You can download the O2 GUI (and its scripts) from:   (this is the same you would get if you installed O2 from GitHub)

You can download the C# REPL environment from  and read about it at this post: C# REPL Script Environment 

Let me know how it goes, and if have issues please use the 'Report Bug' feature from the Help menu (which will send an email to me with your logs)


C# REPL Script Environment (new page)

I just added a new top level page to this blog with details about the C# REPL Script Environment that is the key to O2 Platform's powerful scripting capabilities. Please read it for more details

You can download the latest version from: and this is what it looks like: great online REPL Environment

Just found and it looks really good.

They provide an online REPL for 16 of languages, and their UI feels really nice (specially the part of providing code samples)

Interestingly they don't support C#,  so maybe there is a good opportunity to use O2 to enable that :)

The source code of that website is at GitHub:

Ed on SecurityInnovation's focus on Application Security

Yeah it's Marketing but its actually quite a nice description of SI (Security Innovation) focus on Application Security.

One key concept are the 3 pillars of Secure SDL: Standards, Education and Assessment:

Here are a couple more videos on these 3 pilars (click on the each pillar to see them)

Wednesday, 1 August 2012

Good progress on VisualStudio Extension and couple more issues

Following from Adding an item to VisualStudio's Error List Window I've made quite a lot of progress on my VisualStudio Extension efforts, and have now created some really nice APIs and PoCs (if you want a sneak preview you can get it from the VisualStudioGallery: O2 Platform for VisualStudio 2010)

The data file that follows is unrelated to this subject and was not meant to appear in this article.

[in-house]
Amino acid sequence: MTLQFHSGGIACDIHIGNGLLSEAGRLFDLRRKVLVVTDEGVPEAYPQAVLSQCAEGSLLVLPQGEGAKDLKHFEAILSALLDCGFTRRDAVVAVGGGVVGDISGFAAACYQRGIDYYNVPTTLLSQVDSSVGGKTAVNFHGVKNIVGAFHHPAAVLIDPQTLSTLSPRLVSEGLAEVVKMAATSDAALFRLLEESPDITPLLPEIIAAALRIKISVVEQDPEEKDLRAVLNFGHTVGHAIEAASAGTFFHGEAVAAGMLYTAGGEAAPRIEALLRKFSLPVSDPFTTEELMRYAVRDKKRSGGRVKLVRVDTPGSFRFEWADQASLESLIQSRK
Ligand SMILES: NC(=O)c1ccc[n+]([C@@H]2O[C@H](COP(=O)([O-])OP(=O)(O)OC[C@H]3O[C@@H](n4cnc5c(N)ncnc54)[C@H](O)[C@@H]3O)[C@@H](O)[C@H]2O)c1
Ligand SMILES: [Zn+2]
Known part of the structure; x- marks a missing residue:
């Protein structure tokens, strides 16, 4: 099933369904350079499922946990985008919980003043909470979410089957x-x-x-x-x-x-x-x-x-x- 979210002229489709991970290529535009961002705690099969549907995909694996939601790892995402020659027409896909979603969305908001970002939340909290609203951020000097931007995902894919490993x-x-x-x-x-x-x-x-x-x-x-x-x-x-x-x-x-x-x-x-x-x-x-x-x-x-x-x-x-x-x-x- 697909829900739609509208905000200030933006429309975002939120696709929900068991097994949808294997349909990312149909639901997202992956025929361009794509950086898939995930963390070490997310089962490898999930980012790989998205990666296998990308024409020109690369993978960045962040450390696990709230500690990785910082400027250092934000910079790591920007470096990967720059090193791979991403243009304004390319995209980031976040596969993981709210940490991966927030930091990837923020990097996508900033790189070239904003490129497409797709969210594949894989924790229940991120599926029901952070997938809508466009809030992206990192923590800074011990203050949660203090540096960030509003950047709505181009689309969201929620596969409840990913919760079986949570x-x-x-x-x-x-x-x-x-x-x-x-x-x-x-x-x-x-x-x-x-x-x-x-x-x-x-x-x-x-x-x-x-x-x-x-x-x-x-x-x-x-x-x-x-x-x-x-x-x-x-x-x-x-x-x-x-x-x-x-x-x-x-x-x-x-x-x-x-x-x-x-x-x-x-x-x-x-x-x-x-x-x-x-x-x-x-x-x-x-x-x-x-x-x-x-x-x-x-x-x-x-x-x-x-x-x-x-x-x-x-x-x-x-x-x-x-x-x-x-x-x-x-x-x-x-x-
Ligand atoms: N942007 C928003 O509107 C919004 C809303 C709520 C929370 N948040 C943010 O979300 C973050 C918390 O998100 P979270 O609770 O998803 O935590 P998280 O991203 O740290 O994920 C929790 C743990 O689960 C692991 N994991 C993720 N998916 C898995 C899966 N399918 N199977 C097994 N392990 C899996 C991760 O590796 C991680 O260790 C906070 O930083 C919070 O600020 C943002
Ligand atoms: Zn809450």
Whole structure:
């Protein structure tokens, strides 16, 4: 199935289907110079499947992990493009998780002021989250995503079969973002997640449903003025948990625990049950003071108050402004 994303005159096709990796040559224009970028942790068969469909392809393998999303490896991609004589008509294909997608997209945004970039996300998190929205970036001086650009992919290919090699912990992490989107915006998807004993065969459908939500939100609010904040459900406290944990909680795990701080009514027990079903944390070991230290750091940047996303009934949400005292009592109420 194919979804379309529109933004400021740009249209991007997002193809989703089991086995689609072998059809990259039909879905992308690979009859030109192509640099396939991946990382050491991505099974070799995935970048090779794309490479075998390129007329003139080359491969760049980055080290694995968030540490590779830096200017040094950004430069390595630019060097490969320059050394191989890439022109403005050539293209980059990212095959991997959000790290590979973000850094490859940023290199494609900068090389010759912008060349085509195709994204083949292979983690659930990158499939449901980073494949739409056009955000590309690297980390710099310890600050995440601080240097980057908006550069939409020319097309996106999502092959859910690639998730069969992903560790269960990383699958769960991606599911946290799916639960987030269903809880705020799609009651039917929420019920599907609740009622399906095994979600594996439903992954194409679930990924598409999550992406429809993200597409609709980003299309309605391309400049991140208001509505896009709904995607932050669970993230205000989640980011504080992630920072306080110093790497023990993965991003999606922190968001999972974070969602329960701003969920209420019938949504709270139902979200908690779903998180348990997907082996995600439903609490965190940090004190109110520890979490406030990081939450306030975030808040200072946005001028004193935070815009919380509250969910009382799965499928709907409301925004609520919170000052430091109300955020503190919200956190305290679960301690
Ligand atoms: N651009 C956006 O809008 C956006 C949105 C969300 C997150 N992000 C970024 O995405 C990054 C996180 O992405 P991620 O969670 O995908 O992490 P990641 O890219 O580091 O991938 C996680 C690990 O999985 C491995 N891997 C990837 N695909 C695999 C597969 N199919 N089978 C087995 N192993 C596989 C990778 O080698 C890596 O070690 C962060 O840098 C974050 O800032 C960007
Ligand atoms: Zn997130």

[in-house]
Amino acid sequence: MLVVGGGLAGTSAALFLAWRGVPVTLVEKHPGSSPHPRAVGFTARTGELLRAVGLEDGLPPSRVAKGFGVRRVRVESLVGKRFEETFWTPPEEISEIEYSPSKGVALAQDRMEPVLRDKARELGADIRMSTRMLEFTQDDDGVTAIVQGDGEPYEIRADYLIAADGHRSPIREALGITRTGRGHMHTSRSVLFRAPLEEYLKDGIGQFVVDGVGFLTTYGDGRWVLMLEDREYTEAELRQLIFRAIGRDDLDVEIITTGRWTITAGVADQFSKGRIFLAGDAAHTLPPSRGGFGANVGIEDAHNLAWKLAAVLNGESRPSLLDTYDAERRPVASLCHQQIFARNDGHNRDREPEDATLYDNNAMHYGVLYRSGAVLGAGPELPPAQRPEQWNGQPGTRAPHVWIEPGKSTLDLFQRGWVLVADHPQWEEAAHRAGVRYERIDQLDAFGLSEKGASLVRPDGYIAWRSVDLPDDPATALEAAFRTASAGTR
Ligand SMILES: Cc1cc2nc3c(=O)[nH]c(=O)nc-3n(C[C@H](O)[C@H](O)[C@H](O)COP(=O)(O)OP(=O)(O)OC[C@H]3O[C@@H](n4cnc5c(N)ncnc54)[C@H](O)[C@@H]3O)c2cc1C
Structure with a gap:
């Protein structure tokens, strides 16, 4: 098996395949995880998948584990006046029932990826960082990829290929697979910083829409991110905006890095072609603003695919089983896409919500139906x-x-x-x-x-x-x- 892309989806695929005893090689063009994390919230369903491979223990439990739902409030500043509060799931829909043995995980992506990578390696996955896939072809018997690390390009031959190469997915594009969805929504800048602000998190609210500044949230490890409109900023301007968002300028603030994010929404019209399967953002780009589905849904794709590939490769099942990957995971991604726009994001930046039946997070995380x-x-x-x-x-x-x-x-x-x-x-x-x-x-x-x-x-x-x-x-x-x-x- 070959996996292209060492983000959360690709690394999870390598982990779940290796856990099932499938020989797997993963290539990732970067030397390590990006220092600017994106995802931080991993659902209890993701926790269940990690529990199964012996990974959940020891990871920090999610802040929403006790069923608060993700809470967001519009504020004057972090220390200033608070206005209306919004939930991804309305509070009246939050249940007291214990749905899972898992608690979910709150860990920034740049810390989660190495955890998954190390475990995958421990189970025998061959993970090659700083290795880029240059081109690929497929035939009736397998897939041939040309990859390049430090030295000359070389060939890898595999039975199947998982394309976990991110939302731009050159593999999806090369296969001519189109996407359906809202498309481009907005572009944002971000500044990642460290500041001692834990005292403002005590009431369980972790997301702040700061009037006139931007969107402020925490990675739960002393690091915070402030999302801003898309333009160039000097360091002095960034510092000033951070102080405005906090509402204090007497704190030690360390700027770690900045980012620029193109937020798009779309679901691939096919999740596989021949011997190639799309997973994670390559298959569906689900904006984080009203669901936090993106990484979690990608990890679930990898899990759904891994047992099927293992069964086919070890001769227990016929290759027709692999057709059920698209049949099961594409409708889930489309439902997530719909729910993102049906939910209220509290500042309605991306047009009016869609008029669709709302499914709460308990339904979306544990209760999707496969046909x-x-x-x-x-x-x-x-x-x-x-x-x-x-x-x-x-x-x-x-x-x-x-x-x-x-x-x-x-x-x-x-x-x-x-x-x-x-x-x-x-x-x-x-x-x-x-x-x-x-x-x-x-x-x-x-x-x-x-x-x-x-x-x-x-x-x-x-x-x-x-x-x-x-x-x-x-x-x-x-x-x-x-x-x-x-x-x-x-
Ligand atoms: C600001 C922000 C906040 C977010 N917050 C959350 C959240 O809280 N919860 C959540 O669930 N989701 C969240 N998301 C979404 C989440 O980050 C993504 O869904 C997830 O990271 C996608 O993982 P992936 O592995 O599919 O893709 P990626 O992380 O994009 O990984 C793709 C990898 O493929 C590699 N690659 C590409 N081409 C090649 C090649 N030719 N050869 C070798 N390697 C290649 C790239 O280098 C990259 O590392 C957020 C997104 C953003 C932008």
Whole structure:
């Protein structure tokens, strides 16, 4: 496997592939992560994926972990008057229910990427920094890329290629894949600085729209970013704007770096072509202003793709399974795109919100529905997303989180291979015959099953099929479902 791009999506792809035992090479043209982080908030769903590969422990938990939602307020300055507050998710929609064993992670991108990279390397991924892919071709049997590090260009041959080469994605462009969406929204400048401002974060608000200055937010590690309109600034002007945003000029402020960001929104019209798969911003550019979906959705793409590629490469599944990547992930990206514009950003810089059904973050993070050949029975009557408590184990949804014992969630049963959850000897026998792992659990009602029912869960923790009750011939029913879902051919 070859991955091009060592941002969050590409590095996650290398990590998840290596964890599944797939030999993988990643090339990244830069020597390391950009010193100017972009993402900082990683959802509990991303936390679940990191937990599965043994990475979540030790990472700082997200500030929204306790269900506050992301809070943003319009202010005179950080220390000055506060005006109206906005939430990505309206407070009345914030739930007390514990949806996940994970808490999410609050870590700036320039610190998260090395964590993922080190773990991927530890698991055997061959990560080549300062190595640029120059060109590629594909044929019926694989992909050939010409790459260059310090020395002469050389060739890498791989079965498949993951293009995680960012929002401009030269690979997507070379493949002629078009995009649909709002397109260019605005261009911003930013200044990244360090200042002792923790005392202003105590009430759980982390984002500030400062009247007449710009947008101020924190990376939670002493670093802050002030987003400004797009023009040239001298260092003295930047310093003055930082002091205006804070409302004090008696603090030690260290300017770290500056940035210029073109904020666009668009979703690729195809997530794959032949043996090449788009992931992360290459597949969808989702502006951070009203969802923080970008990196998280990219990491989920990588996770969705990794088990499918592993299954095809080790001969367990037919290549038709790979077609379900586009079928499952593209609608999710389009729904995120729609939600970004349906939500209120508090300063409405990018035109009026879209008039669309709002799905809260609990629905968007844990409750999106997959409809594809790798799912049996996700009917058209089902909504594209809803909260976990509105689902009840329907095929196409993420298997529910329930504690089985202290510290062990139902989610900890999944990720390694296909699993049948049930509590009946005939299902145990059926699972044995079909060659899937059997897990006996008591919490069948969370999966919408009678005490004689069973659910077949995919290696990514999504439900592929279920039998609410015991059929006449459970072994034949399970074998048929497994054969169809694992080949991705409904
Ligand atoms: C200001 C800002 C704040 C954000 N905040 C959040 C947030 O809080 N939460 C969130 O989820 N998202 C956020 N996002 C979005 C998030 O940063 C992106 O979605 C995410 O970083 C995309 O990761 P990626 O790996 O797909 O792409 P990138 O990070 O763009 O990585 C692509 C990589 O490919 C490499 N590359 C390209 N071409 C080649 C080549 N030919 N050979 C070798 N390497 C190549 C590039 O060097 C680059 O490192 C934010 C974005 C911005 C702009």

Here is where I'm am at the moment: 

  • My implementation is based on the Package and MEF objects (and the services I can get from there)
  • I now have a full REPL environment inside VisualStudio, so I can code VisualStudio dynamically :) (i.e when I'm working on my Extension I don't need to recompile the Extension assembly everytime I make a code change or want to try some DTE , MEF or WPF action)
  • I'm able to get an DTE object by using: packageObject.GetService(typeof(EnvDTE.DTE))  (I use a similar technique to get and ErrorListProviderIVsUIShellOleMenuCommandService objects)
    • In this case the packageObject implements Package and is marked with the [PackageRegistration(UseManagedResourcesOnly = true)]   attribute
  • Once I had the ErrorListProvider object (created using ErrorListProvider(packageObject) ) , I was able to add items to it 
  • To create windows I used the packageObject.CreateToolWindow(typeof(WindowPane_WPF), index++) ; 
    • The WindowPane_WPF is a class I added which implements ToolWindowPane and sets its Content to a vanila WPF grid (I also have a WindowPane_WinForms which sets the content to a System.Windows.Forms.Integration.WindowsFormsHost control